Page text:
Almost three quarters of the Australian firms already operating in China are likely to expand their operations in the wake of the country’s leadership transition late last year, according to a government report on the $77 billion export market.
Trade Minister Craig Emerson said the message to others was to follow the leading companies into Asian markets to take advantage of the region’s growth.
The report comes as Chinese authorities forecast a rebound in the year ahead after the economy grew 7.9 per cent in the last quarter of 2012.
Profits at Chinese industrial companies rose 17.3 per cent in December compared with the same month a year earlier while the head of China’s sovereign wealth fund, Lou Jiwei, said at the weekend China would grow by more than 8 per cent this year.
The new survey, conducted for Austrade and the Australian chambers of commerce in China, found that 24 per cent were “extremely likely” to expand their physical presence there while a further 29 per cent were “very likely” and 21 per cent were “moderately likely” to do the same.
The report found 69 per cent of executives polled were optimistic about the Chinese economy and only 7 per cent were “not likely at all” to expand their operations.
While Guangdong and Shanghai were named as the most likely destinations for expansion, the Australian companies also named Beijing, Sichuan, Chongqing, Zhejiang, Jiangsu, Shandong and other locations in that order.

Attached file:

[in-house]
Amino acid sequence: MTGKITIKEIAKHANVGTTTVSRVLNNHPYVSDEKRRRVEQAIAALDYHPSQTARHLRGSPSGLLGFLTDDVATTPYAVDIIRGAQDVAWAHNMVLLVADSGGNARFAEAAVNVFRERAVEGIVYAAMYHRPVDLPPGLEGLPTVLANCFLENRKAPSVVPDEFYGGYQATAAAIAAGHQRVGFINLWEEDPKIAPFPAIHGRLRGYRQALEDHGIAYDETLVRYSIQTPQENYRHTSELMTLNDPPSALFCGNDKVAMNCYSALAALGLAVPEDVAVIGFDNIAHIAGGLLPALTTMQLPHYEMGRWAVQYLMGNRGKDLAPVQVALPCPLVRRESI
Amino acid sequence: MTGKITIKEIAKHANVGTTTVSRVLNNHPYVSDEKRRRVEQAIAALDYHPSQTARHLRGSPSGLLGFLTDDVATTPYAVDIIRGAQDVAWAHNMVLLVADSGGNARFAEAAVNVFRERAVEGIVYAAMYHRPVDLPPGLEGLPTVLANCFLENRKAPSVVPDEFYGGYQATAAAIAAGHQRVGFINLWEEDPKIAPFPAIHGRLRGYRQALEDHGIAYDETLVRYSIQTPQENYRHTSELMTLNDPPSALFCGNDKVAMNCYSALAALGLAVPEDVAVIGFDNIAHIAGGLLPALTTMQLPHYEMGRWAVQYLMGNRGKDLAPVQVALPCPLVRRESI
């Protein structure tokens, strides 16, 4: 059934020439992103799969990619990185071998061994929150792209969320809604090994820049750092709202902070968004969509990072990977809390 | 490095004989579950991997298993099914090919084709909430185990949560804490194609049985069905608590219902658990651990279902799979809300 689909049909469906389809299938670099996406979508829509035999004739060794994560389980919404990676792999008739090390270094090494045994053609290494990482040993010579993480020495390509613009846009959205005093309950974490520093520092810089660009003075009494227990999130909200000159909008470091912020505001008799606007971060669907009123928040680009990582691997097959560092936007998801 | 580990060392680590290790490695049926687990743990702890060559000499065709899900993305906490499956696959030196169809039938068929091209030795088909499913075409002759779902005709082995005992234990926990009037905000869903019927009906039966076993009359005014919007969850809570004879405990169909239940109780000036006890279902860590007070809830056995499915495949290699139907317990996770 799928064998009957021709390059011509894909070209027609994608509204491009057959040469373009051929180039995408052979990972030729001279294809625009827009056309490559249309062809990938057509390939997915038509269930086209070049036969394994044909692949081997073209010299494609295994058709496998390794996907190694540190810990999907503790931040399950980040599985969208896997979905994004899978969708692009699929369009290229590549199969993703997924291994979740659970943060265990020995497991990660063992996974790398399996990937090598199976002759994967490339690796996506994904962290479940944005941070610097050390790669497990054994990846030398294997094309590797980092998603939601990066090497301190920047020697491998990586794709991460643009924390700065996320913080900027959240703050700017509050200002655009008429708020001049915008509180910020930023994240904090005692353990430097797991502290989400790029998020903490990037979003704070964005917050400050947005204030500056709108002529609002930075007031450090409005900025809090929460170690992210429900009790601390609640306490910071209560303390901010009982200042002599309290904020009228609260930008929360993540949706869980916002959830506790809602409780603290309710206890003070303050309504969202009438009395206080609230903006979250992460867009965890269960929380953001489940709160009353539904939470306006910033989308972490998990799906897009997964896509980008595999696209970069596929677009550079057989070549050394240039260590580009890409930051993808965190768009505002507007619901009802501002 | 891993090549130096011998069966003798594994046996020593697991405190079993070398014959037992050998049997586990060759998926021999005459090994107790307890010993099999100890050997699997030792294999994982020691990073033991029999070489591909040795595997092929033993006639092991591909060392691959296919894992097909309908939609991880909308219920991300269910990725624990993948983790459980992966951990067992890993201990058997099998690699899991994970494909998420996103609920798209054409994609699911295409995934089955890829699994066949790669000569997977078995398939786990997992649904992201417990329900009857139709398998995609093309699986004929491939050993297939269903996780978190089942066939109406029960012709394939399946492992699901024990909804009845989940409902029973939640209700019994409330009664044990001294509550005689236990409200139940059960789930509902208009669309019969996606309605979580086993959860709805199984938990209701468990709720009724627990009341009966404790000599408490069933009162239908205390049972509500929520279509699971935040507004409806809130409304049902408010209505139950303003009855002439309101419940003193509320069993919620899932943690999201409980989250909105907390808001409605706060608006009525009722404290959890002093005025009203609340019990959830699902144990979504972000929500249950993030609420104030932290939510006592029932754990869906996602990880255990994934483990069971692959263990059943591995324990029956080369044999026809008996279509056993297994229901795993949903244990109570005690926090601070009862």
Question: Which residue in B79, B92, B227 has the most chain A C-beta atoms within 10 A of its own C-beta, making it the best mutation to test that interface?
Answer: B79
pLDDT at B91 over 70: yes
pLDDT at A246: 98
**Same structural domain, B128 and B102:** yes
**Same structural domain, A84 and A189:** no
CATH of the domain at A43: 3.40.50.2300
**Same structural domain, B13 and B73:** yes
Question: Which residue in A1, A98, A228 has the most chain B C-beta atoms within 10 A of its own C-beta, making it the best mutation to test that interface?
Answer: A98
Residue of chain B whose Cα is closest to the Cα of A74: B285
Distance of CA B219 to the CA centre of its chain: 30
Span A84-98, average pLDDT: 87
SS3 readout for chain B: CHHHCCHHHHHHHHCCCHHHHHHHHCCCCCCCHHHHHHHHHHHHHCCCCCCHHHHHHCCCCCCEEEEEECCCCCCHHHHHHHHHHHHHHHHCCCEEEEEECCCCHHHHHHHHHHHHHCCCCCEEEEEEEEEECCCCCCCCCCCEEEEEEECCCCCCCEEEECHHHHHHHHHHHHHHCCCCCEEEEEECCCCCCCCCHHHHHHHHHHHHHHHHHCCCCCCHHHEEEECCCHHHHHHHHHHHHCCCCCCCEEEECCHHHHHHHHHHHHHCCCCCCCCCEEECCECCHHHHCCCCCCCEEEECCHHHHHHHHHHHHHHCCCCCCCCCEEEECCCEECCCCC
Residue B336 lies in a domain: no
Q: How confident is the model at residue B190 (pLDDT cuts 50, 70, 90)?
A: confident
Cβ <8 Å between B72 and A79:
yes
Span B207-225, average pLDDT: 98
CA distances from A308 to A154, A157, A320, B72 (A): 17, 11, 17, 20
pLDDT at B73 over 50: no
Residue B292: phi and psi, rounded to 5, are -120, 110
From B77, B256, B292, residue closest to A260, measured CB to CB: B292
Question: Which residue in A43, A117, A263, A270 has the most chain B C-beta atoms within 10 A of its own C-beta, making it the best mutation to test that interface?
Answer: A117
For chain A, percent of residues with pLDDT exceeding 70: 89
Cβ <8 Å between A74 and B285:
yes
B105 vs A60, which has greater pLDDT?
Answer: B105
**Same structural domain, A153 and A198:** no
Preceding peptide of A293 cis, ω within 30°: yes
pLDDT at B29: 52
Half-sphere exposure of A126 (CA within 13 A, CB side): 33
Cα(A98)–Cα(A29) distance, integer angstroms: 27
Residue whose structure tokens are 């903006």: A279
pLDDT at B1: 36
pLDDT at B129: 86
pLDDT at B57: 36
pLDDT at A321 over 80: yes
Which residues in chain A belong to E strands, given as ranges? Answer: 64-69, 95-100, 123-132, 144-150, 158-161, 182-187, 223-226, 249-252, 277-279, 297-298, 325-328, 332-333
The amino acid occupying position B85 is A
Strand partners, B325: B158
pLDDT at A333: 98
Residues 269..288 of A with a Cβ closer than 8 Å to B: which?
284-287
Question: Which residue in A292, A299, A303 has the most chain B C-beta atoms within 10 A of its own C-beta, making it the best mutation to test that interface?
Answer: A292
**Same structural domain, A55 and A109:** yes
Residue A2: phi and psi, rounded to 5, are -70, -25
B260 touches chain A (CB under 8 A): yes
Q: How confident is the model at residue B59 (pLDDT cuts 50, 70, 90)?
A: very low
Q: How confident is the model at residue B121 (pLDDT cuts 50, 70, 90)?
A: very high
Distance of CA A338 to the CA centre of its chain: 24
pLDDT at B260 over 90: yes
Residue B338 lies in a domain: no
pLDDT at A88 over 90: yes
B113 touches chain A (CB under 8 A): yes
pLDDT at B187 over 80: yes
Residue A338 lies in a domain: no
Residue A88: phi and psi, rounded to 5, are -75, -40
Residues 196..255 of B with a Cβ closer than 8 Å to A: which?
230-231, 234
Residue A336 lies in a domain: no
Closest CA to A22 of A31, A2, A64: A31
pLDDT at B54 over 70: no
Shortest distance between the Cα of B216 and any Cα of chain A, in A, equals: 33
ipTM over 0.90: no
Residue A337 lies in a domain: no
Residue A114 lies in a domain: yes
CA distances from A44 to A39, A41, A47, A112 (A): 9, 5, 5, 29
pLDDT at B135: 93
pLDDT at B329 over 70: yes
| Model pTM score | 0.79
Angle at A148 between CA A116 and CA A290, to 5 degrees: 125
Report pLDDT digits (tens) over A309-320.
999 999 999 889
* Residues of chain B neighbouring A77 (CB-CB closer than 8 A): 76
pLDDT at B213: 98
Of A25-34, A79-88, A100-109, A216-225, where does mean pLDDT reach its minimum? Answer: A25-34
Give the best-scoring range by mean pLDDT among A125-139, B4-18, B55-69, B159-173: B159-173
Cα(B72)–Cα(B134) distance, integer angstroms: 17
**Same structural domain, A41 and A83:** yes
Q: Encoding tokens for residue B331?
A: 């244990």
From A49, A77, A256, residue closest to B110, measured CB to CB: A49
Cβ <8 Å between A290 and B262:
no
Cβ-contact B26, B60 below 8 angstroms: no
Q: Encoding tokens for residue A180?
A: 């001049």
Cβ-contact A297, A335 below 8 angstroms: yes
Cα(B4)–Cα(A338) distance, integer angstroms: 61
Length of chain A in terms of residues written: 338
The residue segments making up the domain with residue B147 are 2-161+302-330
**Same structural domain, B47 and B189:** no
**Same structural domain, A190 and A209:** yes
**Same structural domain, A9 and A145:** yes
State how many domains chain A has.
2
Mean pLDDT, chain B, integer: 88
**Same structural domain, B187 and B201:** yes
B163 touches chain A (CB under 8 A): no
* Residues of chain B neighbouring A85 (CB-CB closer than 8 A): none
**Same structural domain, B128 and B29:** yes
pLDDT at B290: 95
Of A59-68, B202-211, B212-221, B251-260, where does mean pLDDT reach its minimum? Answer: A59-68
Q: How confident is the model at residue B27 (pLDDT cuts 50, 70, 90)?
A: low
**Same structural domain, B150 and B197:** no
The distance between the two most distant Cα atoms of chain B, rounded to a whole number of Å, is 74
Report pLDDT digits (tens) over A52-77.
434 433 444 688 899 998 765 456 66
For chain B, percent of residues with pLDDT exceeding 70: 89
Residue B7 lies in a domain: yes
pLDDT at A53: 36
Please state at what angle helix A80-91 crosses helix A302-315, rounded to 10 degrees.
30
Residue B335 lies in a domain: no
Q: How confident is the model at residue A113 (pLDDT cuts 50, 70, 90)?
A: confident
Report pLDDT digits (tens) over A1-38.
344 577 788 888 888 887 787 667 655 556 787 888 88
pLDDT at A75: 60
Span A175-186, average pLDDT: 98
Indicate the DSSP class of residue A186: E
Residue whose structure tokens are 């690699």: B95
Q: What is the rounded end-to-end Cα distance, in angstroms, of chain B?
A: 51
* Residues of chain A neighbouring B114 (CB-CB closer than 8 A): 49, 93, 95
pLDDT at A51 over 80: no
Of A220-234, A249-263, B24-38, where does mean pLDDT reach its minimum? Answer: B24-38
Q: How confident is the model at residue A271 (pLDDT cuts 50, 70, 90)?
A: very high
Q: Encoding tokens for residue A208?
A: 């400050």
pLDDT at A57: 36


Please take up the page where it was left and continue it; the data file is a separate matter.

The report, to be published by Austrade today, found that 39 per cent of the companies said they were more profitable than a year ago, while 8 per cent were “much more profitable” and 31 per cent were about the same.
Some of their biggest challenges were competition from Chinese companies, access to skilled labour, wage pressures, other cost pressures, licensing requirements and a lack of transparency.
Australia exported goods worth $77bn to China last financial year, up from $8.8bn a decade before. Services exports were worth a further $6bn. Imports from China have grown more slowly to $43bn.
Dr Emerson said Australian businesses should “follow the flagship companies”.
“We’ve got very successful companies operating in China because they’ve invested the time, effort and money to develop a presence in that country,” he said.
Dr Emerson returns this week after attending the World Economic Forum in Switzerland, where he talked about trade and the Asian Century white paper.
He plans to attend the Boao Forum in China in April.
“The general reaction is very positive, not the least because of the very existence of the white paper,” Dr Emerson said.
“Countries across the region identify Australia as the first Western country to prepare a white paper on its relations with Asia, and they see that as pioneering work and are very impressed by that.”Source: The Australian “Firms to ramp up China ventures”
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